By: Santosh Sagar Reddy
There are exciting developments in all areas of retail. Share of e-Commerce is growing steadily. Customers have an ever increasing choice of products at the lowest rates.
The access to products has suddenly shot up resulting in the remotest parts of the country having access to the same range of products as those in the biggest cities.
Customers now also have a wider choice of channels to purchase from, ranging from a mobile app to e-commerce websites, from a traditional brick and mortar stores to Virtual stores that can have endless aisles.
All of these developments will result in the retailers having both an opportunity and challenge in the coming years.
The role of e-commerce:
E-Commerce is probably creating the biggest disruption in the retail industry and this trend will continue in 2015. Almost everything is sold on the internet now and this means that pretty much all of the retail industry faces the challenge of either being a part of e-commerce or taking it head on.
There is also a growing concern over the role of the traditional small retailer in the e-commerce space.
Although technology reduces the entry barrier for e-commerce, the size of the existing players could pose problems.
None of the big e-commerce players including amazon.com are making profits and the business is currently focused more on getting a bigger customer base than making profits. For a small player to do the same for a sustained period of time will not just be challenging but borderline impossible. This would create an opportunity for retailers to come up with disruptive models themselves.
Traditional retailers are forming groups to make their purchases together thus allowing them to have similar bargain power as the big e-commerce players.
A good example for this is the brick and mortar mobile phone retailers. There are also digital tools and platforms being created to allow the smaller unorganised retailers to use the online channel and use their spread of physical stores to have a wider reach to customers and provide better customer experience.
All of this will form a big part of the brick and mortars fight back against e-commerce in 2015.
Now more than ever, the customer is the King. Today’s customers have a wide range of products available at very competitive prices.
Retailers would have to fight for customers on parameters other than the price. Although the Indian customer’s main decision point is price, they are beginning to demand better customer experience from all retailers.
Retailers will have a great opportunity to differentiate themselves from their competition by providing a better and unique customer experience.
Technology could help with this by providing retailers with the tools and platforms.
An example is use of iBeacons (low energy bluetooth devices) to create a platform that would allow retailers to Identify individual customers and connect with them without being very intrusive.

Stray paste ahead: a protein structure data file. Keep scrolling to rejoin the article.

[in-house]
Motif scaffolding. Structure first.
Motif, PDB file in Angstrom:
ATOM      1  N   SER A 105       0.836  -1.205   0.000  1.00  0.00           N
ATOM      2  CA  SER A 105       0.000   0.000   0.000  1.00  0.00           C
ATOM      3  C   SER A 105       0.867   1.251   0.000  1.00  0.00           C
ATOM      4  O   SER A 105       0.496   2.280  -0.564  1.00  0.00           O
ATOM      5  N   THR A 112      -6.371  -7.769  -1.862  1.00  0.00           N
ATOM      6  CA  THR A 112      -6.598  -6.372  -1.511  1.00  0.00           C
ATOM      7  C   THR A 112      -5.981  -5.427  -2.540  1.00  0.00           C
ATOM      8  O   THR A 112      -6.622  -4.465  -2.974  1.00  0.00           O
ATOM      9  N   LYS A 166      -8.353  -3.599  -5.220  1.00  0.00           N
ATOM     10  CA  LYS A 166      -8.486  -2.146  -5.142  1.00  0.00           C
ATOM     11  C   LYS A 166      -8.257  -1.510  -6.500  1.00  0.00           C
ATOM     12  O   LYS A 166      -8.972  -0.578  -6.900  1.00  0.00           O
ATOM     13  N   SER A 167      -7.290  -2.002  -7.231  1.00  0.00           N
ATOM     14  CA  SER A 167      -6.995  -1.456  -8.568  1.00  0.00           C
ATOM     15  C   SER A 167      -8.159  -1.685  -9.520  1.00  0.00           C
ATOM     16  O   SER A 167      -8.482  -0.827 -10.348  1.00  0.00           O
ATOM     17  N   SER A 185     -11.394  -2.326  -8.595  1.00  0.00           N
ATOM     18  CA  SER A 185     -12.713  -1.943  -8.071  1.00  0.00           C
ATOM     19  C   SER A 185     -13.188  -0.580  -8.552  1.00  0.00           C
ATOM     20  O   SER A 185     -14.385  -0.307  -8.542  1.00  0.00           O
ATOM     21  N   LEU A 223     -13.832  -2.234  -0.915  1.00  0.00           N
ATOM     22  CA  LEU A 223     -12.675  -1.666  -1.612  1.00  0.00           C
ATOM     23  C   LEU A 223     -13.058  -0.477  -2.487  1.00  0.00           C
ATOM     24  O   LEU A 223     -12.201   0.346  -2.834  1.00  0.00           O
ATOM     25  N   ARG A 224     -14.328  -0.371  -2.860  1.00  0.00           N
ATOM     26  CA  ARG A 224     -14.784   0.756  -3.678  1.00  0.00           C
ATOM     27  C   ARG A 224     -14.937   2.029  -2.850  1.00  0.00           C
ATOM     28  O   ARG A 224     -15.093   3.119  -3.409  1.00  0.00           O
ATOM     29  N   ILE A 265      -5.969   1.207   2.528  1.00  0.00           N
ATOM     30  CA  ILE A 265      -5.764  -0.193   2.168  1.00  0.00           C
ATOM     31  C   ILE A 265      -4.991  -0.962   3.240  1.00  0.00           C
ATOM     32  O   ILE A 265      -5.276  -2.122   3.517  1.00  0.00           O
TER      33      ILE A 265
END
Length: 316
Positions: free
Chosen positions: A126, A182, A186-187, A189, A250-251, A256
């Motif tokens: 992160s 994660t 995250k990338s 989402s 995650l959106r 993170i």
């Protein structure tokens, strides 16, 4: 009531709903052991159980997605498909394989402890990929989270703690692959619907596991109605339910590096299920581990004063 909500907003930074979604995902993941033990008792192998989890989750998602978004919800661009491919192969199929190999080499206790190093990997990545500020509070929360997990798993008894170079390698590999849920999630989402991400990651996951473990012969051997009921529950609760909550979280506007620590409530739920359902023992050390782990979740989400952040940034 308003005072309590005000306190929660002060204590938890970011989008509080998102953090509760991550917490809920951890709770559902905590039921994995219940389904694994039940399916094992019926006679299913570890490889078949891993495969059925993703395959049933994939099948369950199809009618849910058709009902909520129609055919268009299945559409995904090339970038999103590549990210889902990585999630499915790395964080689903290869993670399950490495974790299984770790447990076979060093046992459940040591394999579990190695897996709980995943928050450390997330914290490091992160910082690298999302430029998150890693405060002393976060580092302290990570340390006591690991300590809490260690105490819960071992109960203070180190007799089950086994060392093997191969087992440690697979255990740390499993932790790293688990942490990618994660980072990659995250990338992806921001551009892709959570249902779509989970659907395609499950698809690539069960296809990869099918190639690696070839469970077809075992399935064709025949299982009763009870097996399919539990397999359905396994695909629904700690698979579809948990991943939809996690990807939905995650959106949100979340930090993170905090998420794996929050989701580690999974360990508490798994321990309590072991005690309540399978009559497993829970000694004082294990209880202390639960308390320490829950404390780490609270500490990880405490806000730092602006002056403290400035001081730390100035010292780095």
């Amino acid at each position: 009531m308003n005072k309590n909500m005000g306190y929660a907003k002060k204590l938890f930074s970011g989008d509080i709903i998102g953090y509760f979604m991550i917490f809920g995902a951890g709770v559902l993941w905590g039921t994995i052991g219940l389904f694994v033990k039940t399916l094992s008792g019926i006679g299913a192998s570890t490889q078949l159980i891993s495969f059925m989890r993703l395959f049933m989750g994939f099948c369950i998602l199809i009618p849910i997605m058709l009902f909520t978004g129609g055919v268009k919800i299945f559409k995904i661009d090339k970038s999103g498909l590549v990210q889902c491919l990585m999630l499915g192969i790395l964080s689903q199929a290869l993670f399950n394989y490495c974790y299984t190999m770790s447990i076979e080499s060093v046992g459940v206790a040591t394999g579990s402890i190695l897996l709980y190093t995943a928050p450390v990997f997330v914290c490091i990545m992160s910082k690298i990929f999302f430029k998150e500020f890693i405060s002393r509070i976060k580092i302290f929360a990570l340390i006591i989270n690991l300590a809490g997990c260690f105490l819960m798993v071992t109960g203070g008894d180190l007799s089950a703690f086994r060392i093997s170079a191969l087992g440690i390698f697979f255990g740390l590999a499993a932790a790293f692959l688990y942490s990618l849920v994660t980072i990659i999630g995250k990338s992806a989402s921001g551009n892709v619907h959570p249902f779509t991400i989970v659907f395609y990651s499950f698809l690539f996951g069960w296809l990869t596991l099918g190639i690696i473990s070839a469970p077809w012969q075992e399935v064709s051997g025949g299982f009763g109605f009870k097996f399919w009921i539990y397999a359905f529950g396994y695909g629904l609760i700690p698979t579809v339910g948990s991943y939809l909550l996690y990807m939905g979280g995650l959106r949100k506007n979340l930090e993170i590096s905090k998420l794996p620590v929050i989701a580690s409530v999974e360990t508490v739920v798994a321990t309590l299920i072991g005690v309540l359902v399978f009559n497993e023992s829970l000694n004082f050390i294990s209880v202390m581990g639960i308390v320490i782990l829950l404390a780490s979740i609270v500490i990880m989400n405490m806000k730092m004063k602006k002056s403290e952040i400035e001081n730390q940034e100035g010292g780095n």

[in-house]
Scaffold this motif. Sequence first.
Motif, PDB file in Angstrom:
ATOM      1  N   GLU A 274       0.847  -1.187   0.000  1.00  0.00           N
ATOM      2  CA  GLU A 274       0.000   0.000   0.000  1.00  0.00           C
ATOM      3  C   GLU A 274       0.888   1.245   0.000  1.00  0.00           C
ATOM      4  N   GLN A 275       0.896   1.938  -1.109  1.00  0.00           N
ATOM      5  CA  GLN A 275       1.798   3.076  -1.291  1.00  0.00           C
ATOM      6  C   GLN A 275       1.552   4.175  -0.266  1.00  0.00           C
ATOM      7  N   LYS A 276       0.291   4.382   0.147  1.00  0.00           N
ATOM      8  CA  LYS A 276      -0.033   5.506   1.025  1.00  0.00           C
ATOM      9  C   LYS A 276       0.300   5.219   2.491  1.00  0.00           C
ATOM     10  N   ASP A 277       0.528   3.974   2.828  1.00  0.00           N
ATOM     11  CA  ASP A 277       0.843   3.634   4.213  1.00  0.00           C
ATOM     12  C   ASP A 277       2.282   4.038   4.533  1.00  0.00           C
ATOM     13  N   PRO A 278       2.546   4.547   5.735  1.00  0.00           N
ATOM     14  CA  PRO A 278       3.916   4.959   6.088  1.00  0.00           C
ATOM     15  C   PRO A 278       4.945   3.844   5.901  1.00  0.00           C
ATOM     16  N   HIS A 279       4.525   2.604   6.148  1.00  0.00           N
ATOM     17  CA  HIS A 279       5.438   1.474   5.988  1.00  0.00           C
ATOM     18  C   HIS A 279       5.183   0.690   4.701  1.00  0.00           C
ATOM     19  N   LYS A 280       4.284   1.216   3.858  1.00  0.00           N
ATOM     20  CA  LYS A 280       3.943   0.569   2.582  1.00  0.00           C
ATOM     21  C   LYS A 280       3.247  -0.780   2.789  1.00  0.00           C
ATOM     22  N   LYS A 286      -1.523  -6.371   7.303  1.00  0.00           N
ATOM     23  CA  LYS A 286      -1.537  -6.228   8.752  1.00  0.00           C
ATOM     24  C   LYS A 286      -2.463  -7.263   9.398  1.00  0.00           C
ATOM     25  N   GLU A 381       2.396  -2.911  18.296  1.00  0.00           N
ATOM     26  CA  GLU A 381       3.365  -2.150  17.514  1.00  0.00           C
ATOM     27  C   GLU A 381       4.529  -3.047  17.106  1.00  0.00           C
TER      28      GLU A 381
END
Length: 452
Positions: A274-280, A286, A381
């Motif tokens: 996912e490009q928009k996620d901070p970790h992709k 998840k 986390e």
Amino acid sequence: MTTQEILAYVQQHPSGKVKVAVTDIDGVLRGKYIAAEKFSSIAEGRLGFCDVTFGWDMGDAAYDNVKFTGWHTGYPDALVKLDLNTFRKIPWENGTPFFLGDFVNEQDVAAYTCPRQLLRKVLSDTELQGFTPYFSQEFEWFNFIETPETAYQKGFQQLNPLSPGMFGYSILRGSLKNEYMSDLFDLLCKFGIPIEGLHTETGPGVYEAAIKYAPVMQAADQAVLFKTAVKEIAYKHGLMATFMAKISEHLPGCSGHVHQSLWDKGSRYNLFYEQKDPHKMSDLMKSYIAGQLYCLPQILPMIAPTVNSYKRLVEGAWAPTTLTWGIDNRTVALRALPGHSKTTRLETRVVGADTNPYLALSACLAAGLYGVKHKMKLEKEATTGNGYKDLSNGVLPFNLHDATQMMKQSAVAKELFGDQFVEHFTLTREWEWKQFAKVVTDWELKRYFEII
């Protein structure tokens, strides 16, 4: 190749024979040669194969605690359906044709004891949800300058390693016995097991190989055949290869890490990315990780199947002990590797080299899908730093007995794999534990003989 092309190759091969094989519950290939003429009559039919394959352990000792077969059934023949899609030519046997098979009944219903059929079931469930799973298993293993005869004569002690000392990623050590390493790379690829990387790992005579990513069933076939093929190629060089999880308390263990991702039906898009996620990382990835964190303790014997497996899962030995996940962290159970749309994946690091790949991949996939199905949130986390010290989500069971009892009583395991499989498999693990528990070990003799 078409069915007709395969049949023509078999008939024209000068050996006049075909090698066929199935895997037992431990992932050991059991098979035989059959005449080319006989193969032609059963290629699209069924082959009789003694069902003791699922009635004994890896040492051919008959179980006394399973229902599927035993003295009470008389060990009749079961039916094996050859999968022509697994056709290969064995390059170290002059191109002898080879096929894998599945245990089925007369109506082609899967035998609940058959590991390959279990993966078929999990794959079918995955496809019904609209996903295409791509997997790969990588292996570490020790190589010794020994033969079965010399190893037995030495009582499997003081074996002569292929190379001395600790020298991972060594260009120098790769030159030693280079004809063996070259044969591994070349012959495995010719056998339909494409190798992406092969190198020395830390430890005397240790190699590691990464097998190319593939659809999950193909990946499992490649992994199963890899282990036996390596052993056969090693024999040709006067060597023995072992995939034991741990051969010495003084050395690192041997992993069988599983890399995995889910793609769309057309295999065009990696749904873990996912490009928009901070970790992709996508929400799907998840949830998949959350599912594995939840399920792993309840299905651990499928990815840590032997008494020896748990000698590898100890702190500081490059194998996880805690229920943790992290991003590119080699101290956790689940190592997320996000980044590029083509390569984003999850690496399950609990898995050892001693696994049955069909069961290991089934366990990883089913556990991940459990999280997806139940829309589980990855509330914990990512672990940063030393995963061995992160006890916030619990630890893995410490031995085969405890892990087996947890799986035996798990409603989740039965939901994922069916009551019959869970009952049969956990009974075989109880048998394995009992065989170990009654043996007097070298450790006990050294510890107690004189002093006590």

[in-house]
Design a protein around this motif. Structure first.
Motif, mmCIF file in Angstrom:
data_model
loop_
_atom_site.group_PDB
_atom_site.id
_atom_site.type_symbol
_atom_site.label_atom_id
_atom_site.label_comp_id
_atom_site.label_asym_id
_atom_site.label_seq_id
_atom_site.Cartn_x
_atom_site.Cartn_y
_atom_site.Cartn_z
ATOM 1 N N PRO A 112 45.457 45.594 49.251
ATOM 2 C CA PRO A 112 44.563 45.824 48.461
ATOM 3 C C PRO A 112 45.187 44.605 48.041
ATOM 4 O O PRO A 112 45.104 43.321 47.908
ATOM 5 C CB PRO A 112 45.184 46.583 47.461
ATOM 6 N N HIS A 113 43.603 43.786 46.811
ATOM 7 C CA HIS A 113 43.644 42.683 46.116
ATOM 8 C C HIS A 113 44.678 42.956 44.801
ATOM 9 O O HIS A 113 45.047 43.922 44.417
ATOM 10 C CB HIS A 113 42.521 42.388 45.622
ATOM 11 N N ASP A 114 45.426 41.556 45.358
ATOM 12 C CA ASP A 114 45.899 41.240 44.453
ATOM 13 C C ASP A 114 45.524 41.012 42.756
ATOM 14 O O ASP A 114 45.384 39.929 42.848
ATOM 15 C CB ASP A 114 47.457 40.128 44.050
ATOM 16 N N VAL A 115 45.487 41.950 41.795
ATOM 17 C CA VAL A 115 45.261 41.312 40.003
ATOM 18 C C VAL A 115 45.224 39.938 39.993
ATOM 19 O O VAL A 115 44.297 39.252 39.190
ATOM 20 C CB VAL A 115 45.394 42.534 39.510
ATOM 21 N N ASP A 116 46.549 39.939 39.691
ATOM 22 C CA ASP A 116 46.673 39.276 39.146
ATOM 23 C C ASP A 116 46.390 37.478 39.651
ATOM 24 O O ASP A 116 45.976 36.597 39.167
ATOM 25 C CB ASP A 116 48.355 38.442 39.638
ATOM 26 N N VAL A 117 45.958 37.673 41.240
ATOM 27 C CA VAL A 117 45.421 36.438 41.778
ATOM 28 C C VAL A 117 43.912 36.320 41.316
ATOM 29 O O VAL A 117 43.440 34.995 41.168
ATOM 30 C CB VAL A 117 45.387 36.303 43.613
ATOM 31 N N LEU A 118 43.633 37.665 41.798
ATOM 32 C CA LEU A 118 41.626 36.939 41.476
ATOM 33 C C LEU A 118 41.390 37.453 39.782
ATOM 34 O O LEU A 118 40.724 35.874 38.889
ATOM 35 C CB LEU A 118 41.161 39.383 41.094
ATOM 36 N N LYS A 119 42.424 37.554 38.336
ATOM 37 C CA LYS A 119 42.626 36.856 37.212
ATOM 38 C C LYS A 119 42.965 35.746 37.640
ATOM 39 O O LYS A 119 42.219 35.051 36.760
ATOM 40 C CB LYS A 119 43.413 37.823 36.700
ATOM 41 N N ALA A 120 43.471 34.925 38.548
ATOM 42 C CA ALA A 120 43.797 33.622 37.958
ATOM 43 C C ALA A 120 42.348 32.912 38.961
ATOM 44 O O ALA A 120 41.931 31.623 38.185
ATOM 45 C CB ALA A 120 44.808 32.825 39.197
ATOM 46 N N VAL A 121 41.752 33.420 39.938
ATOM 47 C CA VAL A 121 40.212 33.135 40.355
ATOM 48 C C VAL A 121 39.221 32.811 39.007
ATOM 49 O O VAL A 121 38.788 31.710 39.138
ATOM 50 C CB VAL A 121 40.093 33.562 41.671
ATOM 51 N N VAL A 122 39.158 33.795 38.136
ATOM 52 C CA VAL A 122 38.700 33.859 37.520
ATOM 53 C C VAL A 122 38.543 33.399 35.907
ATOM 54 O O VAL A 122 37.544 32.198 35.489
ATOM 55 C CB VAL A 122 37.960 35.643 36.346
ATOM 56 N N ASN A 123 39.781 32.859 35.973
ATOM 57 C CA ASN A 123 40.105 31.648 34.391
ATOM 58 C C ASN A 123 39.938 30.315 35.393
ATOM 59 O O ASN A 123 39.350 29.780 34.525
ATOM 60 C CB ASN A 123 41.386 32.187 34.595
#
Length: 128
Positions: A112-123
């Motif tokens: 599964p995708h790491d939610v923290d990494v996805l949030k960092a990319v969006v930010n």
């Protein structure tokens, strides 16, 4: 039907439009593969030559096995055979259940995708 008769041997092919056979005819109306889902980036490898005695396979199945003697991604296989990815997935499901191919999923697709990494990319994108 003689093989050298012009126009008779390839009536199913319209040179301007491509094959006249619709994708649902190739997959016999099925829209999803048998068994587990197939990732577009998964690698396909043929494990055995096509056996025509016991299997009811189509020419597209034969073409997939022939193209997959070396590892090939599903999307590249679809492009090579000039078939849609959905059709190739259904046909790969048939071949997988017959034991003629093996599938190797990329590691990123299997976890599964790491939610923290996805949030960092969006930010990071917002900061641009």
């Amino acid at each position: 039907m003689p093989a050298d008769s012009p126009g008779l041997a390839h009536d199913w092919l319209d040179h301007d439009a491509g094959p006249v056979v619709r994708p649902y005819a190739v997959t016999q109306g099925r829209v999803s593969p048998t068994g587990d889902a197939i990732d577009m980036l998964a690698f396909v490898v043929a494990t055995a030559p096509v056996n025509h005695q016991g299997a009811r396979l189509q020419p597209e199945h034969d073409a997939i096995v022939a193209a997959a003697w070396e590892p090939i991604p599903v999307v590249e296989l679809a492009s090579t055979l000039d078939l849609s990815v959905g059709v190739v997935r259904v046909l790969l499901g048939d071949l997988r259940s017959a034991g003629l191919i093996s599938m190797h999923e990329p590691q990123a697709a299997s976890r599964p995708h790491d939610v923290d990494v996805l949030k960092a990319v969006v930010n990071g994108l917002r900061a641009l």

This could also be used to navigate shoppers through malls and also to provide customised experience and deals to them.
Lots of companies are making light weight innovative solutions for the retailers. These range from centrally hosted loyalty programmes that can be managed just based on the phone numbers of the customers to very light weight point of sale systems.
The ease with with retailers can adopt these solutions is also increasing. Cloud hosted applications will become available to a host of retailers and it will make information available to retailers over any device and from anywhere.
One common element amongst all retailers is the amount of data they create. While almost all of them have access to their data, very few actually make it count.
This was primarily because of the amount of computing power and technical capabilities that were required to make it feasible.
All these limitations have almost disappeared with the advent of cloud computing. Retailers no longer need expensive servers and large IT teams to get meaningful insights of their business.
Retailers in the west are already providing muchcustomised recommendations to their customers resulting in better overall sales and customer satisfaction.
How much Indian retailers follow suit depends on how much they capitalise on these technologies.
All of this means that today's retailer will have to keep up with the advances in technology and also the growing demands of today's customer.
There is lesser and lesser space for the incumbent retailer believing that they can continue to survive using traditional methods without having to innovate with technology and business models. 'Innovate or Die' will become the punchline for the Indian retail industry in 2015.
By: Santosh Sagar Reddy, Consultant Retail Practice, ThoughtWorks
Disclaimer: The opinions expressed in this article are the personal opinions of the author. IndianRetailer is not responsible for the accuracy, completeness, suitability, or validity of any information on this article. All information is provided on an as-is basis.